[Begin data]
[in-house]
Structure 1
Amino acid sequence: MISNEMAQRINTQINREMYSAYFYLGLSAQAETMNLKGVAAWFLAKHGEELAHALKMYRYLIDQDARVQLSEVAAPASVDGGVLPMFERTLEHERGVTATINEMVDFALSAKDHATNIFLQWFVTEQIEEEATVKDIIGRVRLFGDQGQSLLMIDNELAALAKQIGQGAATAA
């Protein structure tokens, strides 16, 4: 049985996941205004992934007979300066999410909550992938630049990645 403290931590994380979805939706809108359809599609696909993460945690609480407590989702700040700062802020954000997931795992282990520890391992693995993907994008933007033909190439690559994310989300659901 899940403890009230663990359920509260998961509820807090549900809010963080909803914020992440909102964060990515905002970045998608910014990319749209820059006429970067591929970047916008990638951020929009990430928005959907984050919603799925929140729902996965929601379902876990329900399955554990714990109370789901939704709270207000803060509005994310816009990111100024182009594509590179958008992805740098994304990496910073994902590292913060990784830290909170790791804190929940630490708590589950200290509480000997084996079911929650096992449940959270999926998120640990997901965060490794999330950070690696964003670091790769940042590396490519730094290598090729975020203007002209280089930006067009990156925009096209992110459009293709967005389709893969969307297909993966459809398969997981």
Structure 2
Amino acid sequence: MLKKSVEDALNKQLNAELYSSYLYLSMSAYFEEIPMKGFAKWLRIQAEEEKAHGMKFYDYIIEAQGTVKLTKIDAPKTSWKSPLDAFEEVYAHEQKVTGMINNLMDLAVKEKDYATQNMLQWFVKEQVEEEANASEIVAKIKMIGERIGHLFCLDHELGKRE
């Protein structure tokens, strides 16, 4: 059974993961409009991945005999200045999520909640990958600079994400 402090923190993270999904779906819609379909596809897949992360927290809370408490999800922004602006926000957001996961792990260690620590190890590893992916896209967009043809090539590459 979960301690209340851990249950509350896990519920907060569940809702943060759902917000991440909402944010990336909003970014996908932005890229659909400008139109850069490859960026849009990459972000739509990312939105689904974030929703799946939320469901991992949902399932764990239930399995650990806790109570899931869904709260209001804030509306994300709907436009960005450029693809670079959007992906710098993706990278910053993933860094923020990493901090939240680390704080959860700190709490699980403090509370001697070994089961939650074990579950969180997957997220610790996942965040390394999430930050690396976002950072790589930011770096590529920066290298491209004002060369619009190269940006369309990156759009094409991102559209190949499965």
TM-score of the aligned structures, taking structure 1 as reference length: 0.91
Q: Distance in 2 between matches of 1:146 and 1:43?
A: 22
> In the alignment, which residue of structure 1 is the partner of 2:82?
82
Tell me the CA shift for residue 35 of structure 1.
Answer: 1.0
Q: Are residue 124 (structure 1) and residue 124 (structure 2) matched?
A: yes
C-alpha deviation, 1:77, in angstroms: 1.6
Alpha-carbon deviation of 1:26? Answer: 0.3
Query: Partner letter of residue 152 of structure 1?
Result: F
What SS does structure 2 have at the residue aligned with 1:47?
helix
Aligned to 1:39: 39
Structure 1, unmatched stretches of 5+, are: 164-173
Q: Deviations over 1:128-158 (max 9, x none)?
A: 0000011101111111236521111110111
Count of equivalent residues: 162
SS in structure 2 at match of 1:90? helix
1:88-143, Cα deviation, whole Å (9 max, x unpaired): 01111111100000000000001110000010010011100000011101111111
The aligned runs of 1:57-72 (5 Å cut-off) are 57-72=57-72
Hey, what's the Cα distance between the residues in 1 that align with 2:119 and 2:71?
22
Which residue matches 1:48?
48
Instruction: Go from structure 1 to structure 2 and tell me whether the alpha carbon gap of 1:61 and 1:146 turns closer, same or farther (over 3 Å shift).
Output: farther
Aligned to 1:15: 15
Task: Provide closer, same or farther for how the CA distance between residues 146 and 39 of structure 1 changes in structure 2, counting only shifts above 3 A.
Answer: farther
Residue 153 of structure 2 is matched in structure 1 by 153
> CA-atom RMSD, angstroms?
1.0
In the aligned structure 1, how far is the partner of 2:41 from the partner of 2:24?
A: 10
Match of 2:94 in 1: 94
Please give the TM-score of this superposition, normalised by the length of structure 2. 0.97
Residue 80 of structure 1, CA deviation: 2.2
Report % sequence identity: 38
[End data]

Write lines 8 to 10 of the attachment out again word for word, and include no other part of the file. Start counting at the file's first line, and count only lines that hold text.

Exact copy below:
TM-score of the aligned structures, taking structure 1 as reference length: 0.91
Q: Distance in 2 between matches of 1:146 and 1:43?
A: 22